Genuine question for the fans (non flame)


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Showing 1-7 of 7 posts in this discussion
Initial post: Nov 10, 2012 7:14:51 AM PST
J. Lindeboom says:
A genuine question for those who enjoyed the book.

If Christian wasn't described as this insanely good looking guy, but as an average / ordinary looking man, would the story still be appealing to you?

Posted on Nov 10, 2012 7:44:22 AM PST
Jaime says:
Seriously not a fan (I shudder at the very idea), but I think I already know what the answer is.

And its no. These books are like wish fulfillment for every woman that enjoys them. Nothing wrong with wish fulfillment, in itself. One of the purposes of reading is to be transported to far away worlds. In this case, to a 10,000 dollar bed and be made love to by a dreamy, sexy billionaire. Where would the escapism be if Edward...I mean, Chedward, was just some ordinary guy? Being dominated, threatened, frightened and raped by him would certainly lose all its appeal if he was just fat, smelly and didn't have a helicopter like every other man.

Do you think Anabella would have hesitated to call the cops when Christward broke into her condo to rape her if he wasn't so OMG HOT? Of course not. Because being assaulted by ugly people is so not fun. I'm sure its the exact same way for everyone who loves this series.

Posted on Nov 10, 2012 12:39:32 PM PST
Last edited by the author on Nov 12, 2012 4:50:39 AM PST
Frankie says:
I think the problem here is that male sexual behavior has been so vilified in the past 40 years that when a female responds positively to sexual aggression it is seen as aberrant rather than normal. The definition of rape has been expanded to the point where it is considered rape when a woman doesn't verbally affirm she wants sex, but instead allows herself to be "taken". I think that the epidemic of rape on college campuses is a result of this attitude. Girls have been so conditioned to think that the boy will ask her if she wants to have sex with him that they feel free to put themselves in very foolish positions; dressing provocatively, getting drunk and going to a boy's room. What does she think is on the boy's mind when she does that? In his mind, she has already consented. If the young man is less aggressive, he will probably back off should she start to protest, but a more aggressive man is likely to push the issue. I know it is very politically incorrect to say the woman has some responsibility for what happens in these situations, but I don't care. I think she does.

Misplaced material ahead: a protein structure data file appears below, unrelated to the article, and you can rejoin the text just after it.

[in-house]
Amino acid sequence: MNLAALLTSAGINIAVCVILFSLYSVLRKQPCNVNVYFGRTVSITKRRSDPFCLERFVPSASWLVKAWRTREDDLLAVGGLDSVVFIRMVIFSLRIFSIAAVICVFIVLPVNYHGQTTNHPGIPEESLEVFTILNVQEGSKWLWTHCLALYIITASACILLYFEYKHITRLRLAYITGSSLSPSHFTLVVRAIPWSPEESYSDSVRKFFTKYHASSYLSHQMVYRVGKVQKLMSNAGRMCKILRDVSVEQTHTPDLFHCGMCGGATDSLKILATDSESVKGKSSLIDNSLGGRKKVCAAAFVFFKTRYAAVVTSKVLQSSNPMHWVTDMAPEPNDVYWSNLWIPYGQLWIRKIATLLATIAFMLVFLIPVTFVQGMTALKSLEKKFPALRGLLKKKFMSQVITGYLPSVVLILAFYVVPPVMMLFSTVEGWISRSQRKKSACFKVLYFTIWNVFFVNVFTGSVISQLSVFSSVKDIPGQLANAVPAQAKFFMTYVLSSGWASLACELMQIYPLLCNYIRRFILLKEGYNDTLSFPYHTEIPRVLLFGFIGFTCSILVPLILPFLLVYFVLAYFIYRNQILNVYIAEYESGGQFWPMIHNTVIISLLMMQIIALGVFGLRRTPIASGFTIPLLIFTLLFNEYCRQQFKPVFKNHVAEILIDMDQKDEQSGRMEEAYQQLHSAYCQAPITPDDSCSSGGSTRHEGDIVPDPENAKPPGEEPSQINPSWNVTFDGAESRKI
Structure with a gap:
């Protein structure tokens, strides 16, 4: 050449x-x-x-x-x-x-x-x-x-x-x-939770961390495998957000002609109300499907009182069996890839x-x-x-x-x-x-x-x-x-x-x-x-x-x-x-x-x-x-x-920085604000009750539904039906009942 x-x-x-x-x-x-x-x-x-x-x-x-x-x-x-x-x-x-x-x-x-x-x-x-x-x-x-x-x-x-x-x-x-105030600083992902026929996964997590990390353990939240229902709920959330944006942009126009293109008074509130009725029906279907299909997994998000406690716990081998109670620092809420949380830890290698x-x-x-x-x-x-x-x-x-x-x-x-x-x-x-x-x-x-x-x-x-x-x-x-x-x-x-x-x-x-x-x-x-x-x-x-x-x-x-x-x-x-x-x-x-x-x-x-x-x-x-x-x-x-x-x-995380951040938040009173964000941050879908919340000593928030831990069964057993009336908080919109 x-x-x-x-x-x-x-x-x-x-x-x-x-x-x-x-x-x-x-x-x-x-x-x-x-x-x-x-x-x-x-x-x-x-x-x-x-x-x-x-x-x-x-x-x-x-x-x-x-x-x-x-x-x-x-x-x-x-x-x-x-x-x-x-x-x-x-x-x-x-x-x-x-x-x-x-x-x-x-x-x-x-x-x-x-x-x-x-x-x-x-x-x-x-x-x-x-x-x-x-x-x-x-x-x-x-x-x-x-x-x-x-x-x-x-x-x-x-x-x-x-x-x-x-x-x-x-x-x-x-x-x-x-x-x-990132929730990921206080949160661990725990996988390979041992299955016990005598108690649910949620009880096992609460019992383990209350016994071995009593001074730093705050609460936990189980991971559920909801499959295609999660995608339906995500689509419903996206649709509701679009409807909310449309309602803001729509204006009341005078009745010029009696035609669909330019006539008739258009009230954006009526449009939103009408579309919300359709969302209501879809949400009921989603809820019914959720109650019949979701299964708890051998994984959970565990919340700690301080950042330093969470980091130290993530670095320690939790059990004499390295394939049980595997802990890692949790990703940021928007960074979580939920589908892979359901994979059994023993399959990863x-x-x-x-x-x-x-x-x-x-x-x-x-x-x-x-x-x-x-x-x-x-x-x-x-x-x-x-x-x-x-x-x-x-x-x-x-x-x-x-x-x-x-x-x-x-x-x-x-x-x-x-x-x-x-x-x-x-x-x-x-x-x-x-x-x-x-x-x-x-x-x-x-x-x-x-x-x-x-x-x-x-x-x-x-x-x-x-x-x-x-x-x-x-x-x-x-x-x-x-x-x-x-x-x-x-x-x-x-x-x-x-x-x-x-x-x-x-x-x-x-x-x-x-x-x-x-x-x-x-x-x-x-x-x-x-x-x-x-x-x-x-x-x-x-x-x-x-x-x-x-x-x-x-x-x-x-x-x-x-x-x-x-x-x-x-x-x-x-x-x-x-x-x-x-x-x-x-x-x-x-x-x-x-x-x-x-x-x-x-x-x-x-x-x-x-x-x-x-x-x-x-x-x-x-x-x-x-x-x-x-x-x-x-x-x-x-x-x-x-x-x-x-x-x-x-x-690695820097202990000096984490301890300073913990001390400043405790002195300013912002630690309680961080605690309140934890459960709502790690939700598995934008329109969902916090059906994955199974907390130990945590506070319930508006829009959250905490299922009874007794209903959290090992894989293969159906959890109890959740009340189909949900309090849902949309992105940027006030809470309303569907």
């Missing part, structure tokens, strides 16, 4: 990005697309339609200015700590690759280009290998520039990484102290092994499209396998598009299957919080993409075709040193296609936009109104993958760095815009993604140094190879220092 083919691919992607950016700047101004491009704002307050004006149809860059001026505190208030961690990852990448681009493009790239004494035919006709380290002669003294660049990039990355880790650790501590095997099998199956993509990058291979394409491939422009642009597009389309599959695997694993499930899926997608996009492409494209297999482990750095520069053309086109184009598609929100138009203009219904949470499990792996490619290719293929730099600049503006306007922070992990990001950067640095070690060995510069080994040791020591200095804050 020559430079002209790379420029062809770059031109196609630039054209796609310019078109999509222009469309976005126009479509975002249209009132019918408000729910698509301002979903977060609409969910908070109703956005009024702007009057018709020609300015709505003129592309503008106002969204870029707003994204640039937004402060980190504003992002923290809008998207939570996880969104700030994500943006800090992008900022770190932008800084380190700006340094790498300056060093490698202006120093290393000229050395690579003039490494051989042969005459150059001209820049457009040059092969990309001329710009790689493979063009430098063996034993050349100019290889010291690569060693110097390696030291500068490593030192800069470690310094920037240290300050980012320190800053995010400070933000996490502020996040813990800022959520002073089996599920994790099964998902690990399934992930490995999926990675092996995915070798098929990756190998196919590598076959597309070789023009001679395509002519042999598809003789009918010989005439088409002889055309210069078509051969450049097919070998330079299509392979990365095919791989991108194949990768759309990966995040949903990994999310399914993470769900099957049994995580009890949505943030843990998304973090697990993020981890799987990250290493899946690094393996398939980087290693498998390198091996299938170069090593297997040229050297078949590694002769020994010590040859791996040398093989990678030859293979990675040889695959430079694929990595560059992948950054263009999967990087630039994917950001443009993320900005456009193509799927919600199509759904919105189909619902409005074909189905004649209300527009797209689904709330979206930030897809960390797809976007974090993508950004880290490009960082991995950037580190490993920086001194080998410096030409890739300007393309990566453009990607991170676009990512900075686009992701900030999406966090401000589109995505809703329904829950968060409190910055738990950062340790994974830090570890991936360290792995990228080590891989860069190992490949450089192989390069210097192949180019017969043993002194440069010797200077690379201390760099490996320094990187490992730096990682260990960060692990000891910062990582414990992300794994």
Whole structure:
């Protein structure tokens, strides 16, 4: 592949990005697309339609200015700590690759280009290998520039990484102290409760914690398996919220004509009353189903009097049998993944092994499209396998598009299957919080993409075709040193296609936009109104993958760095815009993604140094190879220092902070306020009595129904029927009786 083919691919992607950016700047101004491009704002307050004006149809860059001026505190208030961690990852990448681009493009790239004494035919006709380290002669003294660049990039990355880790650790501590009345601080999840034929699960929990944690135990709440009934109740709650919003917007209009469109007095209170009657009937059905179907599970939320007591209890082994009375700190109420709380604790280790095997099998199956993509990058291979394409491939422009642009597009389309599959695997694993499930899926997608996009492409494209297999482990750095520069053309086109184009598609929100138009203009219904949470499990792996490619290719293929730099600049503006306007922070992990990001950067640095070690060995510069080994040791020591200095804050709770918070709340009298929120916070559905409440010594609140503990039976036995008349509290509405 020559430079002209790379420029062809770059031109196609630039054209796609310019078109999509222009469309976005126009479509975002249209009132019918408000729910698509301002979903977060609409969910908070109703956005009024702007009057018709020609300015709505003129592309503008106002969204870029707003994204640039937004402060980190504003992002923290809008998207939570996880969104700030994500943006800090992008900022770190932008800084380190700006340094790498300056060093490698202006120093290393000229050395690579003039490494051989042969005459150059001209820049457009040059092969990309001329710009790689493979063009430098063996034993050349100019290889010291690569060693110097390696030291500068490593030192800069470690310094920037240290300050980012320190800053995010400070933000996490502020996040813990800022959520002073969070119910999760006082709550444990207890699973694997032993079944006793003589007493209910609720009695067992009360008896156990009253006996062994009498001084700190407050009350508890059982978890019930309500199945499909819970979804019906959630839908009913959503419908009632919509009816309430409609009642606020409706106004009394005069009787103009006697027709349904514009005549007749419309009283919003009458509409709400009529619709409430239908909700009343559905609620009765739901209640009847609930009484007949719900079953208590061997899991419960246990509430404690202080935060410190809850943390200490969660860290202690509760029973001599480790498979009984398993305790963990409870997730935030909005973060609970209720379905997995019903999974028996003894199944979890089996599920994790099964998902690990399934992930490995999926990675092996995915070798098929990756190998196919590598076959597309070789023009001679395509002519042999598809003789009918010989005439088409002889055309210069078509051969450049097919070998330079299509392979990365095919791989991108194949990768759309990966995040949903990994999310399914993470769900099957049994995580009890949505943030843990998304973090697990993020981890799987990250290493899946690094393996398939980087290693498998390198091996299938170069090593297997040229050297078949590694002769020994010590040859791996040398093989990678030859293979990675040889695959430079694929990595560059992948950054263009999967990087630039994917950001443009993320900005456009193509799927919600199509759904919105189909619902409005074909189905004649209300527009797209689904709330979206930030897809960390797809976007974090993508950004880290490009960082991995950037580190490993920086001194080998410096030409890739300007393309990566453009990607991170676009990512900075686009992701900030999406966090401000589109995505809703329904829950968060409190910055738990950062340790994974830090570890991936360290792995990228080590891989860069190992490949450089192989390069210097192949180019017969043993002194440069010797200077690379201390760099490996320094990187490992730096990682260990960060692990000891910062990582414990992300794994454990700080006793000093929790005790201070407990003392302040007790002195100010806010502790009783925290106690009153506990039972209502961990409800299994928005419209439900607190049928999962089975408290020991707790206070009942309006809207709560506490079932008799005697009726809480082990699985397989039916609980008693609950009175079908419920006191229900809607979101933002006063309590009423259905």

So, back to Christian. He is very sexually aggressive. Despite all the denial of the past 40 years, women actually like that. Now, if a woman wasn't attracted to the man, and he pursued her, she would consider it stalking. But I think that deep down, a woman wants a man she is attracted to to pursue her, even if she knows he's not really suitable. He doesn't necessarily have to be that good looking, or rich, he just has to have that sexual magnetism.

So, out comes 50 Shades of Grey, and it breaks all the rules that feminists have been creating for the past 40 years. And, those that have bought into those rules simply can't understand that you just don't undo hundreds of thousands of years of evolution in a couple of generations. Women like the way Christian acts. They may not want that in their own man, but they like the sexual fantasy. The cave man that drags the woman back to his cave by her hair may no longer be acceptable, but there's obviously still a place for him in the bed room.

That being said, I didn't really like the books. Christian was just too over the top. Give me Jamie Fraser any day.

In reply to an earlier post on Nov 10, 2012 4:35:10 PM PST
[Deleted by the author on Nov 10, 2012 4:35:39 PM PST]

In reply to an earlier post on May 25, 2013 10:32:15 AM PDT
I don't think Ana would find him appealing. A basis for most nonfiction books is to have a good looking lead male character. We all want this in our fantasies right? So no, I probably wouldn't. Then again I am disappointed in this book. The male character's age is too unbelievably young to own a big company. Anastasia is a naive virgin, but then again Christian is attracted to that in a submissive he can mold to his own.

In reply to an earlier post on May 25, 2013 12:04:24 PM PDT
E. S. Marcos says:
I don't think the sex fantasies of a couple have anything to do with whether or not the woman and man believe in equal rights. I think you're confusing sex fantasies with real life.

In reply to an earlier post on May 25, 2013 12:10:24 PM PDT
W. Westphal says:
"Anastasia is a naive virgin, but then again Christian is attracted to that in a submissive he can mold to his own."

Predators always are.
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Participants:  6
Total posts:  7
Initial post:  Nov 10, 2012
Latest post:  May 25, 2013

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Fifty Shades of Grey: Book One of the Fifty Shades Trilogy
Fifty Shades of Grey: Book One of the Fifty Shades Trilogy by E. L. James (Paperback - April 3, 2012)
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